Russian troops have entered the outskirts of the Ukrainian city of Sievierodonetsk, according to the regional governor, who described fierce fighting on Monday over the ruins of a city that has become the focus of Moscow’s offensive.
Russia has concentrated its firepower on the last major population centre still held by Ukrainian forces in the eastern Luhansk province, in a push to achieve one of President Vladimir Putin’s stated objectives after three months of war.
Incessant shelling has left Ukrainian forces defending ruins in Sievierodonetsk, but their refusal to withdraw has slowed the wider Russian offensive across the Donbas region.Luhansk region governor Serhiy Gaidai said Russian troops had advanced into the city’s southeastern and northeastern fringes.
The Russians “use the same tactics over and over again.They shell for several hours — for three, four, five hours — in a row and then attack”, Gaidai said.
“Those who attack die.Then shelling and attack follow again, and so on until they break through somewhere.”
With temperatures rising, he said there was a “terrible smell of death” on the outskirts of the city.But he said Ukrainian forces had driven the Russians out of the village of Toshkivka to the south, potentially frustrating Moscow’s push to encircle the area.
Gaidai later said a French journalist had been killed by shrapnel that pierced his vehicle, and that evacuations from the area had been halted.
In a speech, Ukrainian President Volodymyr Zelensky described capturing Sievierodonetsk as “a fundamental task for the occupiers”.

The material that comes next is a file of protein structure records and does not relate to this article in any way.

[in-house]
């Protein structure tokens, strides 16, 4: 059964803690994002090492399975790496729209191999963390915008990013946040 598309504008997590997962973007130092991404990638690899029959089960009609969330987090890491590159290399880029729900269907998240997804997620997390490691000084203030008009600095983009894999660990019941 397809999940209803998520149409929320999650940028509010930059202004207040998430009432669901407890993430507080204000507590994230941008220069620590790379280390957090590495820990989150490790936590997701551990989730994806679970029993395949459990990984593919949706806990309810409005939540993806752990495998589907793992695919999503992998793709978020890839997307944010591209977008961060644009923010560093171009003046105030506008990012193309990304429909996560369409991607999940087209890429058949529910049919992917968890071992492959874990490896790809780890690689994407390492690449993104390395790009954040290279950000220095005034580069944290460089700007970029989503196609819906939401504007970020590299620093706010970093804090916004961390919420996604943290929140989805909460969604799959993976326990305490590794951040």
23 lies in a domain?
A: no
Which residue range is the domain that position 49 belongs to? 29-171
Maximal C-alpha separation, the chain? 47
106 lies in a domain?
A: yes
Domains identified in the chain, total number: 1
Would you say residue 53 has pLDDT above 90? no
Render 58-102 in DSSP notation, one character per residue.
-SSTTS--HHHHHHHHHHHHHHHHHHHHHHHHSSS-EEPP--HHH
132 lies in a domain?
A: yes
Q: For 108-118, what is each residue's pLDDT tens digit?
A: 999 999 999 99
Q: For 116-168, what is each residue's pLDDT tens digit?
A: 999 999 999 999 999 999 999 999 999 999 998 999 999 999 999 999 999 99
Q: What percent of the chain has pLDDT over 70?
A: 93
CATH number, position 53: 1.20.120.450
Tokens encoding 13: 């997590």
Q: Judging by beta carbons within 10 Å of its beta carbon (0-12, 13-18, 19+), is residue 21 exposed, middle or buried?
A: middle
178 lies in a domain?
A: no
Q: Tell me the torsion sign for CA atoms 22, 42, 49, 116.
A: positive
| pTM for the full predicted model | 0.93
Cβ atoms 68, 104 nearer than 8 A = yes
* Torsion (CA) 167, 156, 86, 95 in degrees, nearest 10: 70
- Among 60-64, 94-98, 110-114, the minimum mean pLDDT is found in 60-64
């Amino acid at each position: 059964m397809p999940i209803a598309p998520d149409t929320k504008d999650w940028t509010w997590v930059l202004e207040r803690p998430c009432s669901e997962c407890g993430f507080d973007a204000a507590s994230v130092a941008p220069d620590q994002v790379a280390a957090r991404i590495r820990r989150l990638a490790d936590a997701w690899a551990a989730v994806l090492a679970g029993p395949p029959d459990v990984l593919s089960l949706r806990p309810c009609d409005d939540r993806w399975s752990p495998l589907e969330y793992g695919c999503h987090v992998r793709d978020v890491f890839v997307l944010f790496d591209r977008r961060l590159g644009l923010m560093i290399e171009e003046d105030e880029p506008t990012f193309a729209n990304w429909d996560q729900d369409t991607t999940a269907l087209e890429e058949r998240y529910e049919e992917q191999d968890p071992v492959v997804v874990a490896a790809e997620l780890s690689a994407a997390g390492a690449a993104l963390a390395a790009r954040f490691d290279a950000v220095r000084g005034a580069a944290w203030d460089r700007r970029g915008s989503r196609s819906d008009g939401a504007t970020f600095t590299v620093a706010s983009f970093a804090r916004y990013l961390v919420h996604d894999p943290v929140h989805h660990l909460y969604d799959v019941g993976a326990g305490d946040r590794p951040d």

“Some 90% of buildings are damaged.More than two-thirds of the city’s housing stock has been completely destroyed,” he said.  Ukraine’s defence ministry said Moscow was also trying to regroup to attack the strategically important town of Sloviansk, further west.
Capturing Sievierodonetsk and its twin city Lysychansk on the opposite bank of the Siverskyi Donets river would give Russia effective control of Luhansk province, a point at which the Kremlin might be able to declare some form of victory.
But by focusing its effort on a battle for the single small city — Sievierodonetsk housed only around 100,000 people before the war — Russia might be leaving other territory open to eventual Ukrainian counterstrikes.
The past few days have seen initial signs of a potential Ukrainian counteroffensive in the south, where Moscow is trying to consolidate its control of Kherson province.
 Kyiv says its forces pushed back Russian troops in recent days to defensive positions in three villages — Andriyivka, Lozove and Bilohorka — all located on the south bank of the Inhulets river that forms the border of Kherson.
The Institute for the Study of War think tank said this counterattack so far did not appear likely to retake substantial territory in the near term, but could disrupt Russian operations and force Moscow to reinforce the area.
French foreign minister Catherine Colonna became the latest western dignitary to go to Kyiv, visiting a mass grave in the suburb of Bucha.

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